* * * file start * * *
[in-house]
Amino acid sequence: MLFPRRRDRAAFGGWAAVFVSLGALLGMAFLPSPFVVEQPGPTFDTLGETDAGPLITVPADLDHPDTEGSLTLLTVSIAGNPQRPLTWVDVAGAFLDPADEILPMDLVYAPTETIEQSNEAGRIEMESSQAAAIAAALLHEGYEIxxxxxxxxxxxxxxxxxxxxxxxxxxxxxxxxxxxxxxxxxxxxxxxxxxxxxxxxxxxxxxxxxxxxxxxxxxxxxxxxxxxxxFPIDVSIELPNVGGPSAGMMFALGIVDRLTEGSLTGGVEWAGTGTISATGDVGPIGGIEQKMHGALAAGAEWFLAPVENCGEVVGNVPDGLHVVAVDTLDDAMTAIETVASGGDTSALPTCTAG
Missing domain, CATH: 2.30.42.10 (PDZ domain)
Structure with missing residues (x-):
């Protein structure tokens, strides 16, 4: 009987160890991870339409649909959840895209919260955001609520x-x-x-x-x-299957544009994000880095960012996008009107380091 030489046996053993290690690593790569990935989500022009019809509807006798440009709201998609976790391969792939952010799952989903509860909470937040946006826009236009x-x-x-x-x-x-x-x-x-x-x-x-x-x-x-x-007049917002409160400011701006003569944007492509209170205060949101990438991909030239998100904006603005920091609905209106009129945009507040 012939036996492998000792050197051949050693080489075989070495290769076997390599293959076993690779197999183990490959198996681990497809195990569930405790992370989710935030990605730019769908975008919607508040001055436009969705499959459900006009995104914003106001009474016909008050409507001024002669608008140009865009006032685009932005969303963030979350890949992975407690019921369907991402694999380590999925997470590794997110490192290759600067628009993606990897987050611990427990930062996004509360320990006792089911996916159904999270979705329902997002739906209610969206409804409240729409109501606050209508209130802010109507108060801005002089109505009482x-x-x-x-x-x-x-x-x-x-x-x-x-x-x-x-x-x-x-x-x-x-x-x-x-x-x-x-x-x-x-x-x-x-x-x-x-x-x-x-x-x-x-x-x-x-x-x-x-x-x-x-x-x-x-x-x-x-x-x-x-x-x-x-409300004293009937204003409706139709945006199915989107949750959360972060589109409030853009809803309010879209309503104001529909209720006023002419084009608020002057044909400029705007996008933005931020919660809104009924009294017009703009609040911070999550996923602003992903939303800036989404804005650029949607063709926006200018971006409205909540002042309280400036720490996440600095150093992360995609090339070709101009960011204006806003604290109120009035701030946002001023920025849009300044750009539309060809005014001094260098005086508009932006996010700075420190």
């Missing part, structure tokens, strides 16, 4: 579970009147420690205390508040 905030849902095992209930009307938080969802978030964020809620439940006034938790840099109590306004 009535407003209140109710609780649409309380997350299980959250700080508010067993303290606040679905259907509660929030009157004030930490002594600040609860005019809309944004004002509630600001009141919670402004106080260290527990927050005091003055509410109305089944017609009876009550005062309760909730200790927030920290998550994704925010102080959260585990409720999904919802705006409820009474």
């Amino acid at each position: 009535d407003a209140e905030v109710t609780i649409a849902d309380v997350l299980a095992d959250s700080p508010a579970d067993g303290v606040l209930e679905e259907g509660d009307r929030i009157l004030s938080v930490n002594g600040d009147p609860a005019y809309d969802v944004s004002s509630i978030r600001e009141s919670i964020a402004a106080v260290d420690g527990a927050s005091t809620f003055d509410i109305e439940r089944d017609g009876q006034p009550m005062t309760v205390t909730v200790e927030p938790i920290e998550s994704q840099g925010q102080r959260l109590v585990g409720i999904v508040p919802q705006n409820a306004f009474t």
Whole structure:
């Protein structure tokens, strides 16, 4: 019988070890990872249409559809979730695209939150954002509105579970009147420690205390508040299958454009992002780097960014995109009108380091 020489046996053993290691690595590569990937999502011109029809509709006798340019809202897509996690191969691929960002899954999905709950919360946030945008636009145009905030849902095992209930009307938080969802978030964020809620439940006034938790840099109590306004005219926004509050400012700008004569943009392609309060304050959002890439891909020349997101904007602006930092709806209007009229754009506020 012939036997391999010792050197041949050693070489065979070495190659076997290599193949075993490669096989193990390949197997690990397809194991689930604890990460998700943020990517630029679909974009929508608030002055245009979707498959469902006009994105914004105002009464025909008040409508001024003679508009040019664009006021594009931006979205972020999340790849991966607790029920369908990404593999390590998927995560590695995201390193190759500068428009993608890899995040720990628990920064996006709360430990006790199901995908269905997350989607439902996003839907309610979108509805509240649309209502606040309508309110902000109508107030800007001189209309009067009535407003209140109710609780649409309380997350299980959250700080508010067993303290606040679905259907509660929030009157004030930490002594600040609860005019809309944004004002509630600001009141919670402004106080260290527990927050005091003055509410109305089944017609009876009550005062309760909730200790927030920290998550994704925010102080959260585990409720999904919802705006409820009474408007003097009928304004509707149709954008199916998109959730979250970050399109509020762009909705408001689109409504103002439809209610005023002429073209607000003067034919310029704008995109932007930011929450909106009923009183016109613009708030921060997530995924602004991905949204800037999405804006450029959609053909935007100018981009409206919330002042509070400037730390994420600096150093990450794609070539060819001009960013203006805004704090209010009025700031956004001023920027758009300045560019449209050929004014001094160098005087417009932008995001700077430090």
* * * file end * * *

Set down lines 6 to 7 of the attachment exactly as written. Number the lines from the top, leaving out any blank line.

């Missing part, structure tokens, strides 16, 4: 579970009147420690205390508040 905030849902095992209930009307938080969802978030964020809620439940006034938790840099109590306004 009535407003209140109710609780649409309380997350299980959250700080508010067993303290606040679905259907509660929030009157004030930490002594600040609860005019809309944004004002509630600001009141919670402004106080260290527990927050005091003055509410109305089944017609009876009550005062309760909730200790927030920290998550994704925010102080959260585990409720999904919802705006409820009474």
């Amino acid at each position: 009535d407003a209140e905030v109710t609780i649409a849902d309380v997350l299980a095992d959250s700080p508010a579970d067993g303290v606040l209930e679905e259907g509660d009307r929030i009157l004030s938080v930490n002594g600040d009147p609860a005019y809309d969802v944004s004002s509630i978030r600001e009141s919670i964020a402004a106080v260290d420690g527990a927050s005091t809620f003055d509410i109305e439940r089944d017609g009876q006034p009550m005062t309760v205390t909730v200790e927030p938790i920290e998550s994704q840099g925010q102080r959260l109590v585990g409720i999904v508040p919802q705006n409820a306004f009474t």